At the early common law such a contention would have been meritorious. 2 Blackstone's Commentaries , § 180 and § 181. If the plaintiff had executed a deed to an intermediary who in turn conveyed to the plaintiff and Margaret Howard as joint tenants, unquestionably the title would have been vested in them as such tenants. Until comparatively recent days the cautious conveyancer would resort to the use of a conduit whenever a change was being made in the nature of a grantor's estate. Hence, if either husband or wife held title to real estate in his or her individual name and desired that title be in them as tenants by the entirety, the common practice was to use an intermediary. So ingrained was this procedure that some attorneys still persist in it, notwithstanding authority for the validity of direct conveyance. Formerly, when separate acknowledgments were required to be taken and before the Married Woman's Act, there may have been good reason for the practice, but today there is hardly any need to use an intermediary. "It is now being held that such a circuitous procedure is outmoded and that a direct conveyance is permissible, the ancient unities to the contrary notwithstanding." 2 American Law of Property (1952), § 6.2, page 9. The trend of modern cases is to regard the creation of a joint tenancy or tenancy by the entirety just as valid if made directly between grantor and grantees as it would be if made through a third person. R.S. 37:2-18; R.S. 46:3-17; R.S. 46:3-17.1; Hallanan v. Hamilton , 104 N.J.L. 632 (E. & A. 1928); Schumann v. Curry , 121 N.J. Eq. 439 (Ch. 1937); Switzer v. Pratt , 237 Iowa 788, 23 N.W. 2 d 837 (Sup. Ct. 1946); Edge v. Barrow , 316 Mass. 104, 55 N.E. 2 d 5 (Sup. Jud. Ct. 1944); Colson v. Baker , 42 Misc. 407, 87 N.Y.S. 238 (Kings. Cty. Ct. 1904); In re Klatzl's Estate , 216 N.Y. 83, 110 N.E.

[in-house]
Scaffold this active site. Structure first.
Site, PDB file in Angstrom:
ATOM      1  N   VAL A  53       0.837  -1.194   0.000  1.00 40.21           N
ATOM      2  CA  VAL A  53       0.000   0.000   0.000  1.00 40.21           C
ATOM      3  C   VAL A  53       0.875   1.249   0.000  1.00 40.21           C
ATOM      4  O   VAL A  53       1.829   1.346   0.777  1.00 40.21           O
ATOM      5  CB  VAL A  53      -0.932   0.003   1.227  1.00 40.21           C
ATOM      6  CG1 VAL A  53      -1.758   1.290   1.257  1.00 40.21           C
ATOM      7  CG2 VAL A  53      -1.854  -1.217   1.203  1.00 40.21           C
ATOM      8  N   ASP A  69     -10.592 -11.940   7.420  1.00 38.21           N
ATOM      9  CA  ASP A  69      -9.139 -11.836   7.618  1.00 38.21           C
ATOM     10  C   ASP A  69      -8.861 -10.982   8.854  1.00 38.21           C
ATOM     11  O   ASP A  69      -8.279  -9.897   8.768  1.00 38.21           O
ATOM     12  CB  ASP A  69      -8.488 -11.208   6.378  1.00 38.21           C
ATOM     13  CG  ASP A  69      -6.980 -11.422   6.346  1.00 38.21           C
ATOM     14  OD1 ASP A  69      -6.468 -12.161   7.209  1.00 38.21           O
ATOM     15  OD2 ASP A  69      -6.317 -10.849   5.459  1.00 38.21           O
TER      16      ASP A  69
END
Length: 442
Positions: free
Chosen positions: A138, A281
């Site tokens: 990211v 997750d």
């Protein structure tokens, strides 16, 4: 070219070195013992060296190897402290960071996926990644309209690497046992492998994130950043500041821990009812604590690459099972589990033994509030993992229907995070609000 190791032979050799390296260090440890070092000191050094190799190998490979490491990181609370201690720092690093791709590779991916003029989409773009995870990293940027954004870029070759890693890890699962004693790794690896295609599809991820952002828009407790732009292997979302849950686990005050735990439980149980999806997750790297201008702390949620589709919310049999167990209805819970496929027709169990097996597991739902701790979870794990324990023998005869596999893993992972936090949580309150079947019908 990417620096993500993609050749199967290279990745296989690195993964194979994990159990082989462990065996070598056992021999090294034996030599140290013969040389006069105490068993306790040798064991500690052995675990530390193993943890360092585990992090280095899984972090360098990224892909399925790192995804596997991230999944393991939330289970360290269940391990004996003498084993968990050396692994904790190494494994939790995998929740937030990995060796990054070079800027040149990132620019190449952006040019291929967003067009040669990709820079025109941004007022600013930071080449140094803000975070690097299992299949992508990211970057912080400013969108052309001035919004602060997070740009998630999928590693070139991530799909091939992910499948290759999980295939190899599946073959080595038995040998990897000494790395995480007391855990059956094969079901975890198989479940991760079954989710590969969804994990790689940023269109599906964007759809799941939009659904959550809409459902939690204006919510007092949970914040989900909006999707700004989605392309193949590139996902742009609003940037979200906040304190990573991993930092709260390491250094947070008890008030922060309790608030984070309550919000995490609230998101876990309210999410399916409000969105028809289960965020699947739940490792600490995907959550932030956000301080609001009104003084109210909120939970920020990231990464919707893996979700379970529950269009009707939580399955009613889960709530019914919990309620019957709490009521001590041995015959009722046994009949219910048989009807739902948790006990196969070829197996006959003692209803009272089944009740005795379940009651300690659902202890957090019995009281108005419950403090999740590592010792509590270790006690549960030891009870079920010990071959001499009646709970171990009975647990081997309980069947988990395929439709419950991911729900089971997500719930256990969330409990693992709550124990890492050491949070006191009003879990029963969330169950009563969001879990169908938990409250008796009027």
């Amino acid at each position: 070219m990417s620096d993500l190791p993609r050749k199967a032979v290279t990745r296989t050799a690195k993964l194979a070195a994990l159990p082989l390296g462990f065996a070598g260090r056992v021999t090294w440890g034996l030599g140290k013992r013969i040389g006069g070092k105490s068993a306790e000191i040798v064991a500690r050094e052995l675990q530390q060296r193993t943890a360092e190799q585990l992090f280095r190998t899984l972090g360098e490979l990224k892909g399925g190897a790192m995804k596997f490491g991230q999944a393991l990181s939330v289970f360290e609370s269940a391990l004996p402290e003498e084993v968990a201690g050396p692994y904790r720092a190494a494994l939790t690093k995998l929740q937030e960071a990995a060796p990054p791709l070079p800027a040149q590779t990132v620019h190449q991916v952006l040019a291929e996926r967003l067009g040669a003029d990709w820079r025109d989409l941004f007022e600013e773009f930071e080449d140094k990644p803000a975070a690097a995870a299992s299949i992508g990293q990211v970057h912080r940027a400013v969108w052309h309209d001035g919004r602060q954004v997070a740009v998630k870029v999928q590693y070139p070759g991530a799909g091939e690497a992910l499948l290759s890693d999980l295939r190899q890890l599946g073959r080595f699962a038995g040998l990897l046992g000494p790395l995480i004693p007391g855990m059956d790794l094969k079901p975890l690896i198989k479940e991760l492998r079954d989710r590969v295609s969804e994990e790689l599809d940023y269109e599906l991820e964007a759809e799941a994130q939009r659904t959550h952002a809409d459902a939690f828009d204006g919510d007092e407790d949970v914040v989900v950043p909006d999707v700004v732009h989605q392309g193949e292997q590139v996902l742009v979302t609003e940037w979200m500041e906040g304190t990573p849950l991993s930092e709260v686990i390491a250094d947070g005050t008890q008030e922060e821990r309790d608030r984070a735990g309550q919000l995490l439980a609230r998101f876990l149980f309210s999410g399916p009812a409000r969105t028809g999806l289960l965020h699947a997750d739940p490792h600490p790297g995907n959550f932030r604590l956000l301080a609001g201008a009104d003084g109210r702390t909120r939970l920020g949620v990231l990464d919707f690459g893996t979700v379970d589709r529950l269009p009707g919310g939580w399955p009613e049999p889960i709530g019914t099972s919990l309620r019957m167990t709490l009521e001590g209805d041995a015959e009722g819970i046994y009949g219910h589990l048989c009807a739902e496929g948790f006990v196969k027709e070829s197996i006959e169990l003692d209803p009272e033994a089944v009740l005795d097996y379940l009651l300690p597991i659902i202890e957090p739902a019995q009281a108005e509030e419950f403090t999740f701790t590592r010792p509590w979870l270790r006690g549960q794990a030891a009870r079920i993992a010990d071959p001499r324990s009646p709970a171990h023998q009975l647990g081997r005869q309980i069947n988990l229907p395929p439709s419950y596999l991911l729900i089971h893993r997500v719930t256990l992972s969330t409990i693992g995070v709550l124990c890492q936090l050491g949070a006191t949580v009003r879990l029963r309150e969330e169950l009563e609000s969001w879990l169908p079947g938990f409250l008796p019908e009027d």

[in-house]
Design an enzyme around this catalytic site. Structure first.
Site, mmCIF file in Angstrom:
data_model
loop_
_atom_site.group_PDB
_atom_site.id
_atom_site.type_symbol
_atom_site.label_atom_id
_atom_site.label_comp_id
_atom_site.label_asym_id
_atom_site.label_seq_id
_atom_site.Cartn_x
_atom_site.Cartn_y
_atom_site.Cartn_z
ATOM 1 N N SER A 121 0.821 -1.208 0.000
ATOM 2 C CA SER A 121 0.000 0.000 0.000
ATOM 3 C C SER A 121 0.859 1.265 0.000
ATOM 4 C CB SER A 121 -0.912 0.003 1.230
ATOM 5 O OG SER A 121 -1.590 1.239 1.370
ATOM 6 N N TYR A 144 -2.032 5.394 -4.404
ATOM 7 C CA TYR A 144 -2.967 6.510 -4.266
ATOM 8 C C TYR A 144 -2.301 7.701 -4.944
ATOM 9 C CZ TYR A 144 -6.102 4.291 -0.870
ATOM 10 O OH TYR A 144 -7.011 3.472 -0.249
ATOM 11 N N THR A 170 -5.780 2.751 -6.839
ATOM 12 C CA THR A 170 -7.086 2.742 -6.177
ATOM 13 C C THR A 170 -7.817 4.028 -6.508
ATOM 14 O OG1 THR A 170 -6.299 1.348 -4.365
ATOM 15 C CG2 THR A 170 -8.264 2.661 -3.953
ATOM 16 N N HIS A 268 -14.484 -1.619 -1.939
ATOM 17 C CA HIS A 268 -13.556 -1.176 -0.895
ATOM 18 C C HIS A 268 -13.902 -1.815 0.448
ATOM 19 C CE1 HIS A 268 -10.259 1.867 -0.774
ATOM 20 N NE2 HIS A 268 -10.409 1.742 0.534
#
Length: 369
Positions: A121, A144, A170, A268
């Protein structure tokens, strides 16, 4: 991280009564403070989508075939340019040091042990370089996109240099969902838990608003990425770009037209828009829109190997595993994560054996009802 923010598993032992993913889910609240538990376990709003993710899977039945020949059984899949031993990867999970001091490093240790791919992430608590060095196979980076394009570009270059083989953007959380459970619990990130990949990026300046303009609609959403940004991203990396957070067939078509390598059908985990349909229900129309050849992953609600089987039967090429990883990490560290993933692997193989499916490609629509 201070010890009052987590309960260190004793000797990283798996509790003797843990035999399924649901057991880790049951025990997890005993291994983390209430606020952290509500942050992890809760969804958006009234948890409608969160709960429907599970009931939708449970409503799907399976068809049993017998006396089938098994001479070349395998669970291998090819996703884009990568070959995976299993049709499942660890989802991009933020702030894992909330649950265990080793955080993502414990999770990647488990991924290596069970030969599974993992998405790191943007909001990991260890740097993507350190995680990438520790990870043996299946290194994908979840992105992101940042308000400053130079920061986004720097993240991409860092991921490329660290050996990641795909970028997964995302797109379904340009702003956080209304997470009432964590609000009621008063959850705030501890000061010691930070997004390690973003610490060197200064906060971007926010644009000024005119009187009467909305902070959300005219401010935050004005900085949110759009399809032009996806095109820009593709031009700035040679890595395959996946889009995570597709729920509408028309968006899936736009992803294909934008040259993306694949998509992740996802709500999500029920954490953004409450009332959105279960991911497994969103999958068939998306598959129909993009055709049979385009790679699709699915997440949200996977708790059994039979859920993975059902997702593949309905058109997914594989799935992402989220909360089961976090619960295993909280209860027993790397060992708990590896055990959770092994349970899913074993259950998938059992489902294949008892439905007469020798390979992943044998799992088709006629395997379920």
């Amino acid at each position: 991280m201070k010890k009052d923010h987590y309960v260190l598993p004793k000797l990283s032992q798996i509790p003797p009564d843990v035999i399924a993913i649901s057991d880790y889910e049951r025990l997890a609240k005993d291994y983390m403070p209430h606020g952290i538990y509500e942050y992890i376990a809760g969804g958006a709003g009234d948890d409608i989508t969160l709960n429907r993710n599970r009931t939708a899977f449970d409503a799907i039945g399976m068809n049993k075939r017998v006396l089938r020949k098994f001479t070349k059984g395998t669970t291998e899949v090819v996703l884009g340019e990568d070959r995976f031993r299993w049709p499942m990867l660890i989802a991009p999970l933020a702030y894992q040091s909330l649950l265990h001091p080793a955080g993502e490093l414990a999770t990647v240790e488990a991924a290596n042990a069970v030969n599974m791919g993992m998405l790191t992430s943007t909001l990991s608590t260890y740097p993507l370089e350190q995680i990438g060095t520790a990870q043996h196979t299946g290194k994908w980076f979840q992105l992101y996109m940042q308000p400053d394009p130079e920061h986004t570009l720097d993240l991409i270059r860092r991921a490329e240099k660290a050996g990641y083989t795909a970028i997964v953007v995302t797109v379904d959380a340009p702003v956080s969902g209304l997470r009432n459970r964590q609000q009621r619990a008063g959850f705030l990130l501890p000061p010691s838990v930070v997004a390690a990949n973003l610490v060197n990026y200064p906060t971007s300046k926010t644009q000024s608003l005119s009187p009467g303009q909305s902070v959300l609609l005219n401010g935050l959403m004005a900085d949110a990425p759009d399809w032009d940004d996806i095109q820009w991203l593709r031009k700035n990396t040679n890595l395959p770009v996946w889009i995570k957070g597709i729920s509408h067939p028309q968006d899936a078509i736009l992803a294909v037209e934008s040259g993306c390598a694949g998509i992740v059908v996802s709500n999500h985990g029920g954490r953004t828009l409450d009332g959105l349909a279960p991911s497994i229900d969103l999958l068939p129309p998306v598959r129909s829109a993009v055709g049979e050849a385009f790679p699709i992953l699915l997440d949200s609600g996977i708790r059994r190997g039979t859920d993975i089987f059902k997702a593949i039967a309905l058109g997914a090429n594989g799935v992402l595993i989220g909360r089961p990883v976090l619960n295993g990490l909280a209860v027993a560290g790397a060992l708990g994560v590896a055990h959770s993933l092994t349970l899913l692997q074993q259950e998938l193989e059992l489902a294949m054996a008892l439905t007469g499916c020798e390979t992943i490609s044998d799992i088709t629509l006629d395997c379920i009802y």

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181 (Ct. App. 1915); In re Horler's Estate , 180 App. Div. 608, 168 N.Y.S. 221 (App. Div. 1917); Boehringer v. Schmid , 133 Misc. 236, 232 N.Y.S. 360 (Sup. Ct. 1928), affirmed 254 N.Y. 355, 173 N.E. 220 (Ct. App. 1930); 2 American Law of Property (1952), § 6.2.
The late Judge Crane observed in Colson v. Baker, supra:
"In all references to the 'four unities' requisite to create a joint tenancy, I find nothing that prevents their existence or creation by the act of the grantor for himself and another as well as by his act for two other persons."